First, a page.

Apple's model labour practices

A "spate of suicides" at a Chinese supplier to Apple has raised all the wrong questions. Here's to the happy workers.

Ivo Vegter
By Ivo Vegter, Contributor
Johannesburg, 28 May 2010

Apple just celebrated a milestone in the company's history - eclipsing archrival Microsoft in terms of market capitalisation. However, news headlines are putting a damper on the party. Labour activists are making a noise about what they claim is the company's callous disregard for the working conditions at its Chinese suppliers.

Granted, the party deserves to be dampened a little. Just like Apple's celebration ignores some harsh realities, so does the story about the suicides at Foxconn, the supplier in question.

Apple's success, for example, is benchmarked against a Microsoft, whose share price has been in the doldrums for over a decade. In fact, it hit a 10-year low just last year. Still, Microsoft is 300 times more valuable than it was 24 years ago, having peaked near a 600 multiple. By contrast, your 1986 Apple shares would have earned you squat for nigh on two decades, and are only worth 70 times more now than they were then. That's an average annual return of 18% or so. Not bad, but nothing like Microsoft's 24% over the same period. And let's not breathe a word about the possibility that this is as high as Apple will fly, given the growing discontent among its customers. Its restrictive user policies and anti-competitive behaviour, frankly, puts veterans like Microsoft and IBM to shame.

Beating Microsoft might warm the cockles of Apple fans' hearts, but it really isn't the best benchmark if you understand the statistics.

Statistics are not the media's long suit, however. In the last few days, the headlines have been screaming about a spate of suicides at Apple's supplier, Foxconn. Trades union and labour activists have been calling for a boycott of Apple's next iPhone, to punish the company for doing business with a firm where the poor, abused workers apparently see no way out but to jump off the roof.

Pity the facts are all wrong. You see, while every death is one too many, the suicide rate at Foxconn is remarkable for only one thing: it is extraordinarily low.

Bumping yourself off is the civilised way to do it.

Ivo Vegter, ITWeb contributor

Not that you'd guess that from the newspapers that uncritically ran the wire stories from Reuters and the Associated Press (AP). Laced with phrases like "secretive corporate culture" and "the social cost of China's cheap labour manufacturing model", the stories lament the "spate" of 10 suicides so far this year at the company.

I hate to burden these brave reporters with arithmetic, but here are some facts: Foxconn has 420 000 employees. Ten suicides in five months gives you an annual rate of 24 suicides. Ergo, Foxconn's employee suicide rate is 5.7 per 100 000.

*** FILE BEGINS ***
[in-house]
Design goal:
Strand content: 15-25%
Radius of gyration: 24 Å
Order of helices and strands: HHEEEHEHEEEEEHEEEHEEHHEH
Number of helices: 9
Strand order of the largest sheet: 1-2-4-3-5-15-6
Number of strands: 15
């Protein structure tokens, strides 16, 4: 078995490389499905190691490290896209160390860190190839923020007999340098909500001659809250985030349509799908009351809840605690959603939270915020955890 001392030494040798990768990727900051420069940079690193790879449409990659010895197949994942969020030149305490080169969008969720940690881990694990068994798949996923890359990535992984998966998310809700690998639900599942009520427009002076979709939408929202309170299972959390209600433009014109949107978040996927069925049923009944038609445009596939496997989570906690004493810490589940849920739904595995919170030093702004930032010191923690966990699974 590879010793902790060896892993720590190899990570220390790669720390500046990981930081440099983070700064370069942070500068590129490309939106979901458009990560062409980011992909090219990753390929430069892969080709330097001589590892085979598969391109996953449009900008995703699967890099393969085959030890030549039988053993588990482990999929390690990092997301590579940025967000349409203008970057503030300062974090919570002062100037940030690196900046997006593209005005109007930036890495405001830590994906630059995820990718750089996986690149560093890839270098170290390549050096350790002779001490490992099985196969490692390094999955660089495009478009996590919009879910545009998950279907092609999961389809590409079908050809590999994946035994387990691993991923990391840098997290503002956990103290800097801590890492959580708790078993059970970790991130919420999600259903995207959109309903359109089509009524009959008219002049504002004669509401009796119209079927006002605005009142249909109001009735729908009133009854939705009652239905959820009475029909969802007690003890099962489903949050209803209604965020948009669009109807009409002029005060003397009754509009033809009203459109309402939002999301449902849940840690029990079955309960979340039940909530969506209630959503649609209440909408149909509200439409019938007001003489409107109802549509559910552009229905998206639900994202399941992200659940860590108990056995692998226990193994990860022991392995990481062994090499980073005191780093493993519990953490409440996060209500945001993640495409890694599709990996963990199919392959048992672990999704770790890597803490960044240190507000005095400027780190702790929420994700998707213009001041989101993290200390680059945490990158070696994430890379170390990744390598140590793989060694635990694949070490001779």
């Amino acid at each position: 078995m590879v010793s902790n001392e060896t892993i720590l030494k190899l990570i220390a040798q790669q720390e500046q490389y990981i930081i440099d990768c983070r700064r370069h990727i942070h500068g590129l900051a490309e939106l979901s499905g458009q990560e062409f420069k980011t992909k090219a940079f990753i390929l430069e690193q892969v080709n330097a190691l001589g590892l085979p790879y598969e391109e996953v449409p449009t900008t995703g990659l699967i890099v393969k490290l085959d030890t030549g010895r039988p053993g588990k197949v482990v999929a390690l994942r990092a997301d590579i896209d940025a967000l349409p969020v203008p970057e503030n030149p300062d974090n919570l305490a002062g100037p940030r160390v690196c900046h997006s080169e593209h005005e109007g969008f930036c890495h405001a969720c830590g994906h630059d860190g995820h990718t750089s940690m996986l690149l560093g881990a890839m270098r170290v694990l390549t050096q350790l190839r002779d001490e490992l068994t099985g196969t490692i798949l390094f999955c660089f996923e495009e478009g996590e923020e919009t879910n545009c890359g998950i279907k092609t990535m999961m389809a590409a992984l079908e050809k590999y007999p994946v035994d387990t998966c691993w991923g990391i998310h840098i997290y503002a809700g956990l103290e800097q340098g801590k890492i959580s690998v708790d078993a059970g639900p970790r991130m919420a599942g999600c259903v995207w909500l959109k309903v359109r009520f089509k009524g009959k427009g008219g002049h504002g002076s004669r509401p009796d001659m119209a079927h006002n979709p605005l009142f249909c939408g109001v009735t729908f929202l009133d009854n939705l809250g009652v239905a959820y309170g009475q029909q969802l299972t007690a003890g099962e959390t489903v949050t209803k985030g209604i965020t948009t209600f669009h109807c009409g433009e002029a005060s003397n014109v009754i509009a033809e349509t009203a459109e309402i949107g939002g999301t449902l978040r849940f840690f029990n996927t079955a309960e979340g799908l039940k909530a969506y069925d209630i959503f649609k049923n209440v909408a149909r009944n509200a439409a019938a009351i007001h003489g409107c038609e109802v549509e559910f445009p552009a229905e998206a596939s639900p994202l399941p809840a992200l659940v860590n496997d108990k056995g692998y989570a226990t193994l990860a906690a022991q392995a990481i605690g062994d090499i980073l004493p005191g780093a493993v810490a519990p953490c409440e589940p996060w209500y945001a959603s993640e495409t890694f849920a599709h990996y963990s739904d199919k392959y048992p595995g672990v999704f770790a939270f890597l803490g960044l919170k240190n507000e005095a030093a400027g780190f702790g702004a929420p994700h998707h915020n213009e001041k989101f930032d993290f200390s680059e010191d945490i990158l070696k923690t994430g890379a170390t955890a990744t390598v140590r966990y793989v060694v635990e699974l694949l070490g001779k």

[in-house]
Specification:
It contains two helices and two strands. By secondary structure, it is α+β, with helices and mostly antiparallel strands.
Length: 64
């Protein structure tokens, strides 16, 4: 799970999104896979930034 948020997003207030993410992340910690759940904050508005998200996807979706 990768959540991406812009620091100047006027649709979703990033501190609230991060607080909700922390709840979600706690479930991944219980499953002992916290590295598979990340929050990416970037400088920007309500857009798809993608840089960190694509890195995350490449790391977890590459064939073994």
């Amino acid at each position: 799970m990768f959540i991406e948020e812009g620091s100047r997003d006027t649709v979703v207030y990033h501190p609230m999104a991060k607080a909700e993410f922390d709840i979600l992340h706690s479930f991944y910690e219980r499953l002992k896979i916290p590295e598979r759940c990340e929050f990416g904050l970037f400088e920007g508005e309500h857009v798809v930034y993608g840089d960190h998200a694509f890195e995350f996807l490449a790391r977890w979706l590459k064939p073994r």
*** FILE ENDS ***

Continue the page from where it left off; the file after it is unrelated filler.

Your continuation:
The suicide rate in China, according to World Health Organisation (WHO) figures, is 13.9 per 100 000. Assuming suicide rate to be a proxy for happiness, this means Foxconn employees are two-and-a-half times happier than their countrymen and women.

This does raise questions about Foxconn's labour practices, indeed. What is it about the company's management that makes employees so content? Why are so few depressed enough to consider suicide? Surely, Foxconn and its parent company, Taiwan's Hon Hai, deserve praise for such wonderful management of such a large labour force? They can teach the rest of the world some tricks.

It is true that China's suicide rate is fairly high. Of 100 countries for which the WHO has (rather stale) figures, China ranks only 73.

So let's compare Foxconn's suicide rate with those of enlightened Western democracies with wealthy populations, luxurious social welfare, scrupulously protected strikes and strictly enforced labour laws.

The USA? 10.9 per 100 000. Blame Michael Moore. Canada? 12.3. Blame the weather. The United Kingdom? 7.6. Warm beer. The Netherlands? 9.7. It's the weed, man. Australia? 13.2. Self-explanatory, really. Switzerland? 18.3. France? 17.8. Ireland? 11.4. New Zealand? 15.3. Belgium? 20.1.

I repeat: Foxconn's suicide rate is 5.7 per 100 000.

What the hell is wrong with these dumb Chinese, that they so na"ively cling to their worthless lives? Don't they know it looks bad in union press releases and the left-wing propaganda parroted by Reuters and the AP? Bumping yourself off is the civilised way to do it.

South Africa's suicide rate, according to a paper in the Social Psychiatry and Psychiatric Epidemiology journal, is 15.4. Among urban men, it is 25.3 per 100 000.

Don't you wish we could all work assembly-line jobs in China now?

Oh, one other thing. For some reason, Apple has been singled out by the media. It is my sincere pleasure to ask Dell, Nokia, HP, SonyEricsson, ATi, and all the other companies that subcontract work to Foxconn to step up and claim their accolades.

Well done. Your efforts to make the world's poor happier by putting paying work in their hands are much appreciated. Except in Reutersville.